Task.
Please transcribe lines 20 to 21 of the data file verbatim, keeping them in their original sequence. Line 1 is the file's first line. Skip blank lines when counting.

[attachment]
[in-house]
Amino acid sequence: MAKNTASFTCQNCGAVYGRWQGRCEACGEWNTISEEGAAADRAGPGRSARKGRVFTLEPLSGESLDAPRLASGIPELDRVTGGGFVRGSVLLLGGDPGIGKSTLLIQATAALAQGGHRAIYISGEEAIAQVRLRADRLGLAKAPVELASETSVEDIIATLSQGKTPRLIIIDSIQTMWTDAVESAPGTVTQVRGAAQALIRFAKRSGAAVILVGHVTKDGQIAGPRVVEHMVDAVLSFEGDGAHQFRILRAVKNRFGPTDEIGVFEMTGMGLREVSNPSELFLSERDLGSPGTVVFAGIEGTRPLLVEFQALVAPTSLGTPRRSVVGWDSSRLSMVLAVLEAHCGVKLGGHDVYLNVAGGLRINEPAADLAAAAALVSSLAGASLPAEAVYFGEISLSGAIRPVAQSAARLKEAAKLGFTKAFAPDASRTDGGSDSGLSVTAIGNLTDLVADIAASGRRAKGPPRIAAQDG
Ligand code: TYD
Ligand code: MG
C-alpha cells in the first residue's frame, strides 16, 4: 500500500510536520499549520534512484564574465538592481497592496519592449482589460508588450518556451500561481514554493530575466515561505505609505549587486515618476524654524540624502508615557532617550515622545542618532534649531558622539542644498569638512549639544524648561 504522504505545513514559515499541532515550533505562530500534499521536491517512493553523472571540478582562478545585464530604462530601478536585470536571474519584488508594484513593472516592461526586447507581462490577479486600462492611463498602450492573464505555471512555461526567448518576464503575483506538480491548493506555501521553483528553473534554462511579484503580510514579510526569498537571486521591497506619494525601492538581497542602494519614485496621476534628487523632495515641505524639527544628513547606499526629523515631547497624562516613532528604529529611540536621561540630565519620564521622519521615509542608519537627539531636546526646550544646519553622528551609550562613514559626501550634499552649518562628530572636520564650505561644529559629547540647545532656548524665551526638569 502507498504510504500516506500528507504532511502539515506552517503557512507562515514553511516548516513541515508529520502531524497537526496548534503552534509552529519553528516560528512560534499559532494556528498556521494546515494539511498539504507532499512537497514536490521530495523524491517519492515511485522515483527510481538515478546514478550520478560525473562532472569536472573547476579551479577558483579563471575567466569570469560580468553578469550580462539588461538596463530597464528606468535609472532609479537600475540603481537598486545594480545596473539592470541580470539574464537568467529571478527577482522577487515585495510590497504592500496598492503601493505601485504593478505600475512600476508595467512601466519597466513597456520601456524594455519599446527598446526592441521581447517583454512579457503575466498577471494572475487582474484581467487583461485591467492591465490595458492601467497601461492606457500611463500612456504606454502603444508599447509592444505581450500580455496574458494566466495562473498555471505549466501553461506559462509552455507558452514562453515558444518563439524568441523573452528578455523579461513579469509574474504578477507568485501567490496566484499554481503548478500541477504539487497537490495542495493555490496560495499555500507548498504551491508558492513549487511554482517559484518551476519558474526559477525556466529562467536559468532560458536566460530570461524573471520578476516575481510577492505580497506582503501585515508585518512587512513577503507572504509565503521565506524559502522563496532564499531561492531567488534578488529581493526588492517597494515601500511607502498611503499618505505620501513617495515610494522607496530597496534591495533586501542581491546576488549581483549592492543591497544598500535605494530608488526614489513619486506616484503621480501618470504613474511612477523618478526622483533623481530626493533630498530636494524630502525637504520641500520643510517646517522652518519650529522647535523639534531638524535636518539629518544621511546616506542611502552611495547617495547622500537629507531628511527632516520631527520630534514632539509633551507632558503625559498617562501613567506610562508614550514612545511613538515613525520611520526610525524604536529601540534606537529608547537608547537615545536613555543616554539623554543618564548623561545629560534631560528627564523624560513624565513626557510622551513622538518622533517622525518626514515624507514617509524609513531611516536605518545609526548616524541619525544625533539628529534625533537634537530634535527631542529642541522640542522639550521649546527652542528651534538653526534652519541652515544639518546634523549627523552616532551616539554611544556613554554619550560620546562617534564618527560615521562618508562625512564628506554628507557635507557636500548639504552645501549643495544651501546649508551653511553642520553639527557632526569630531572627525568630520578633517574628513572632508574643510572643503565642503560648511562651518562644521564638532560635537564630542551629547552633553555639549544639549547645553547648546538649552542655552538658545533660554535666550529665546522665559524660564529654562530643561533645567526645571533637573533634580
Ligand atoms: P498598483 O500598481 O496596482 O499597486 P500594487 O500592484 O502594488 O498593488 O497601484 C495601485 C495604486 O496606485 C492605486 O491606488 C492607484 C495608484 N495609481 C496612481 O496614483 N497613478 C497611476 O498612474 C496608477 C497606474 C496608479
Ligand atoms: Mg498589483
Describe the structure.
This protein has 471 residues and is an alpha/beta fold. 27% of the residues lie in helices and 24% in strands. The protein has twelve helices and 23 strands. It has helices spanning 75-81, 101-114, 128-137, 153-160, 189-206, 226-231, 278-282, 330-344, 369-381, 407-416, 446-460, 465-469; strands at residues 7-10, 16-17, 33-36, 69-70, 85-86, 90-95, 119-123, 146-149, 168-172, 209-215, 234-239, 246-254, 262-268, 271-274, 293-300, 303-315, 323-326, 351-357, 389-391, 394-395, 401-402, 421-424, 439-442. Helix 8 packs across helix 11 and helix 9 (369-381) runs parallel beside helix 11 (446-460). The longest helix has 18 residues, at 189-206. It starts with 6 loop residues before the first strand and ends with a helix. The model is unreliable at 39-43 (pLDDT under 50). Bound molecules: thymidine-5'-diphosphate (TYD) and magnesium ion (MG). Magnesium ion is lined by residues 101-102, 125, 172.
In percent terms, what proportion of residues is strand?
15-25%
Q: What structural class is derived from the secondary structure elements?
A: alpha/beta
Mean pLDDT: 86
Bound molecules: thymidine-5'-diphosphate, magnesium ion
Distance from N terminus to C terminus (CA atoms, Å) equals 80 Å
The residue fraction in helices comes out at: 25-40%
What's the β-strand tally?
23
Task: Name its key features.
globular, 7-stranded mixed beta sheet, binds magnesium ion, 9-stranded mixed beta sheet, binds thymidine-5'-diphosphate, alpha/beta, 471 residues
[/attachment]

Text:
Task: Name its key features.
globular, 7-stranded mixed beta sheet, binds magnesium ion, 9-stranded mixed beta sheet, binds thymidine-5'-diphosphate, alpha/beta, 471 residues